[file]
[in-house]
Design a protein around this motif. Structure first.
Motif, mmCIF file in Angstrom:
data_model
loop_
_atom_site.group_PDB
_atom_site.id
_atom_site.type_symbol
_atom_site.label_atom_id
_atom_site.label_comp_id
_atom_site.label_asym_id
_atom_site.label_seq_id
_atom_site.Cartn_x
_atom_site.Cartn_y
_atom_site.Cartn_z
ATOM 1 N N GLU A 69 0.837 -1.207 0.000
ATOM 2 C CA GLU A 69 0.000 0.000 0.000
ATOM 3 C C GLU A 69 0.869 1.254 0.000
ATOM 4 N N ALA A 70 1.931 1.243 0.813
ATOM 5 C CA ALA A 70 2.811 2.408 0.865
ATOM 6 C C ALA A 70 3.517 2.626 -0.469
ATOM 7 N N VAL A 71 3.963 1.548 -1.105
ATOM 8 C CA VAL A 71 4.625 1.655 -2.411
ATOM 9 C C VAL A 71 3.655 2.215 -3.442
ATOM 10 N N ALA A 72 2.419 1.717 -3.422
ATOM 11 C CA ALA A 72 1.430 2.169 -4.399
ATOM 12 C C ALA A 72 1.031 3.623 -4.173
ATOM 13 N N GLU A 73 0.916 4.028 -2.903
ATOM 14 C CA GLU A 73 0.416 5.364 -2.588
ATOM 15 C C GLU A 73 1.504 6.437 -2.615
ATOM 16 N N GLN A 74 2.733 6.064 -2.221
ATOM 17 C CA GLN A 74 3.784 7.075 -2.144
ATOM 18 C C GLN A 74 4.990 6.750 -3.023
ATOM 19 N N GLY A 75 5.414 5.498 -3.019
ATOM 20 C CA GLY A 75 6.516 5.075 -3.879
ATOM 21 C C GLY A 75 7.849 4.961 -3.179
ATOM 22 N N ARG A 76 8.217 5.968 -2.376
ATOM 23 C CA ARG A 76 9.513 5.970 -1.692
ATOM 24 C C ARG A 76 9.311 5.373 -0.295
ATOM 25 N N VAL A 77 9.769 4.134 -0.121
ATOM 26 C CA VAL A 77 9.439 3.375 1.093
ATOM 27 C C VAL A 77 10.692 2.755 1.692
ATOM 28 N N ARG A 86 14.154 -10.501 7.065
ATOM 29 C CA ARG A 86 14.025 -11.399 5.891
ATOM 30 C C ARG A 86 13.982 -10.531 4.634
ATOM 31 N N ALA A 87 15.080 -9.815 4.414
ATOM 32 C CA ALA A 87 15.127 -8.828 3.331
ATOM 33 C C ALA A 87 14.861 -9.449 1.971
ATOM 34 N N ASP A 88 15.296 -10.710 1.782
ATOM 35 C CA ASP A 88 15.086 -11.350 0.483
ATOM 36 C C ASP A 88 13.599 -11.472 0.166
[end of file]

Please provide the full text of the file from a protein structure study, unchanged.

[in-house]
Design a protein around this motif. Structure first.
Motif, mmCIF file in Angstrom:
data_model
loop_
_atom_site.group_PDB
_atom_site.id
_atom_site.type_symbol
_atom_site.label_atom_id
_atom_site.label_comp_id
_atom_site.label_asym_id
_atom_site.label_seq_id
_atom_site.Cartn_x
_atom_site.Cartn_y
_atom_site.Cartn_z
ATOM 1 N N GLU A 69 0.837 -1.207 0.000
ATOM 2 C CA GLU A 69 0.000 0.000 0.000
ATOM 3 C C GLU A 69 0.869 1.254 0.000
ATOM 4 N N ALA A 70 1.931 1.243 0.813
ATOM 5 C CA ALA A 70 2.811 2.408 0.865
ATOM 6 C C ALA A 70 3.517 2.626 -0.469
ATOM 7 N N VAL A 71 3.963 1.548 -1.105
ATOM 8 C CA VAL A 71 4.625 1.655 -2.411
ATOM 9 C C VAL A 71 3.655 2.215 -3.442
ATOM 10 N N ALA A 72 2.419 1.717 -3.422
ATOM 11 C CA ALA A 72 1.430 2.169 -4.399
ATOM 12 C C ALA A 72 1.031 3.623 -4.173
ATOM 13 N N GLU A 73 0.916 4.028 -2.903
ATOM 14 C CA GLU A 73 0.416 5.364 -2.588
ATOM 15 C C GLU A 73 1.504 6.437 -2.615
ATOM 16 N N GLN A 74 2.733 6.064 -2.221
ATOM 17 C CA GLN A 74 3.784 7.075 -2.144
ATOM 18 C C GLN A 74 4.990 6.750 -3.023
ATOM 19 N N GLY A 75 5.414 5.498 -3.019
ATOM 20 C CA GLY A 75 6.516 5.075 -3.879
ATOM 21 C C GLY A 75 7.849 4.961 -3.179
ATOM 22 N N ARG A 76 8.217 5.968 -2.376
ATOM 23 C CA ARG A 76 9.513 5.970 -1.692
ATOM 24 C C ARG A 76 9.311 5.373 -0.295
ATOM 25 N N VAL A 77 9.769 4.134 -0.121
ATOM 26 C CA VAL A 77 9.439 3.375 1.093
ATOM 27 C C VAL A 77 10.692 2.755 1.692
ATOM 28 N N ARG A 86 14.154 -10.501 7.065
ATOM 29 C CA ARG A 86 14.025 -11.399 5.891
ATOM 30 C C ARG A 86 13.982 -10.531 4.634
ATOM 31 N N ALA A 87 15.080 -9.815 4.414
ATOM 32 C CA ALA A 87 15.127 -8.828 3.331
ATOM 33 C C ALA A 87 14.861 -9.449 1.971
ATOM 34 N N ASP A 88 15.296 -10.710 1.782
ATOM 35 C CA ASP A 88 15.086 -11.350 0.483
ATOM 36 C C ASP A 88 13.599 -11.472 0.166